Boosting Unity performance on mobile devices

Mobile devices are becoming more and more powerful. However, not all your users will have high-end mobile devices, so you should keep a low-powered device handy for testing the performance of your games. If you follow the usual advice for mobile devices (use low-poly models, minimal lights, few effects and static objects where possible) you’ll be OK on most devices, but you may be caught out on some devices – resulting in annoyed users. Here are a few tricks to try if you still need to improve the performance of your Unity game. Continue reading Boosting Unity performance on mobile devices

Unity – How to make things see where they’re going

While developing a game, I wanted to enable characters to “see” where they’re going; that is, to tell them what they’re about to stumble into, without using colliders. The answer was to cast a Ray, angled slightly downward,  in front of the character, so he can “see” if he’s about to walk into a tree, or a river, before it happens. Continue reading Unity – How to make things see where they’re going

Unity project structure – reminds me of Flash Pro

unityThe more I play with Unity, the more it feels like the workflow of Flash Pro, whereby you attach scripts to instances of actors on the stage.

I’m not talking about the ‘pure code’ approach that all ActionScripters have become used to now; but the decentralised collection of independent scripts associated with timeline movieclip instances (behaviours, if you will).

So far, I’m liking it though. Unity (and its scripting IDE MonoDevelop) feels like all the best bits of Virtools, Flash Pro, FlashBuilder, Blender, Poser and 3D Studio MAX. I’m hoping that in future versions, Unity Editor and MonoDevelop will be more tightly integrated, or even combined. And, just maybe, replace JavaScript with a TypeScript option – although I like C# anyway.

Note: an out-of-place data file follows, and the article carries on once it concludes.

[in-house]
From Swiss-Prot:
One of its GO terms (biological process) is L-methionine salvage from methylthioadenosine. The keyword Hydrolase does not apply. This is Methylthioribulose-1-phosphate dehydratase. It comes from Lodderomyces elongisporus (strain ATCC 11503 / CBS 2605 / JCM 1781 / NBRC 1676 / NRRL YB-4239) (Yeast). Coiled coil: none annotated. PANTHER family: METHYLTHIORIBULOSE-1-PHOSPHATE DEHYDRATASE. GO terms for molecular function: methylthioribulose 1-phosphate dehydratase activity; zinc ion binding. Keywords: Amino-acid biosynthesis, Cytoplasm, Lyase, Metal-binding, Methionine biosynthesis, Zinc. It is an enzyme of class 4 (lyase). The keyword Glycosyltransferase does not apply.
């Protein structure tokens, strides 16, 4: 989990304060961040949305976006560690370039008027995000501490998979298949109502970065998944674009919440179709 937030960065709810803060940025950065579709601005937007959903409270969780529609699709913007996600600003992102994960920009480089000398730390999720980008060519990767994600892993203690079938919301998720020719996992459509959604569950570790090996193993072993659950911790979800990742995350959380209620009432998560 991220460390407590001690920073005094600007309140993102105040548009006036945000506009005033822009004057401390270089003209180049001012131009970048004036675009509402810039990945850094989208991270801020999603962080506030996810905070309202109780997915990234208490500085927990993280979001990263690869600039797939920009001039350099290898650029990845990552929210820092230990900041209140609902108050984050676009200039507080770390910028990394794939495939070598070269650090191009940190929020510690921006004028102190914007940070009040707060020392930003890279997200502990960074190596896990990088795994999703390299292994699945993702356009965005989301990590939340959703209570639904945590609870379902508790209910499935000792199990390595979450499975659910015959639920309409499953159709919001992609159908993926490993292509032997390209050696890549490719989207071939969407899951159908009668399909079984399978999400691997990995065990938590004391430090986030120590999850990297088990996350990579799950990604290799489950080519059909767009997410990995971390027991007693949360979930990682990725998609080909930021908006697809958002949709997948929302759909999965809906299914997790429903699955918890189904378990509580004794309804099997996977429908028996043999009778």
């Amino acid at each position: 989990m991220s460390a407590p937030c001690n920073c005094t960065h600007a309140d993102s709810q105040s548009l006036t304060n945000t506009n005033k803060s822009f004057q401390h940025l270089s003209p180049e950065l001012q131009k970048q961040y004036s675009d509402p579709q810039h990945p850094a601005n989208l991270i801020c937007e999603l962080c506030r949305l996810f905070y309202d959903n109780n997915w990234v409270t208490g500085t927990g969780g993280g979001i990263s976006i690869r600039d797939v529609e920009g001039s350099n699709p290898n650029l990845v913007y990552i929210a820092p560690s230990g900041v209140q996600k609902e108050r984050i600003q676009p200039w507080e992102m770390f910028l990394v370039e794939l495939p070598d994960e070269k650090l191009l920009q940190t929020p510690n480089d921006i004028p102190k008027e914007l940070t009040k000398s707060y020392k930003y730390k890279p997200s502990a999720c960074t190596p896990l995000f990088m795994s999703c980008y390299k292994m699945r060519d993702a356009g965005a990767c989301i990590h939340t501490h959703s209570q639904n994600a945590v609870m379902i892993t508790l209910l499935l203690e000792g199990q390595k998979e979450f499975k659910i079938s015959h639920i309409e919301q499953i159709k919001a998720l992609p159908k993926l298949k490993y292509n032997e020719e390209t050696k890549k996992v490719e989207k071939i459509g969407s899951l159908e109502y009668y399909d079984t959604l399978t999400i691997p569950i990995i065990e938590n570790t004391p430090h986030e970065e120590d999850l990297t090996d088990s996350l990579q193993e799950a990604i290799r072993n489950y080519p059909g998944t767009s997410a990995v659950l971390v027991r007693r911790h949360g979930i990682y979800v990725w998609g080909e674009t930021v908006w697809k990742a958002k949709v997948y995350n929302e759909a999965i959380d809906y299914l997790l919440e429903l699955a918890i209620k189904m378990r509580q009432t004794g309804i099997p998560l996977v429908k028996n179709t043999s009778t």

For those who have played with any of the above and want a good tutorial to get stuck right into games development with Unity, this (intermediate level) tutorial is great.

Unity – what Virtools should have become

I’ve been playing around with the Unity game engine and keep having flashbacks to a little know 3-D game dev tool I used over 10 years ago – called Virtools.


Most people will not have heard of Virtools, which itself was called NemoCreation in a previous life, until legal problems forced them to go away and rebrand. It was way ahead of its time, supporting real-time ray-tracing, hardware acceleration, full Havok physics an easy to integrate multi-player solution, long before the more popular Shockwave 3D and WildTangent had anything close.

The workflow was very similar to Unity and I had originally pinned a lot of hope on it. But, the platform was too restrictive, provided no sensible scripting alternatives and was prohibitively expensive to license. Getting hold of a trial license was notoriously difficult, too. So there were simply not enough people creating worthwhile content for it.

The licensing fubar and possibly the fact that it was way ahead of its time, were probably its death knell. But I tip my hat to what could have been.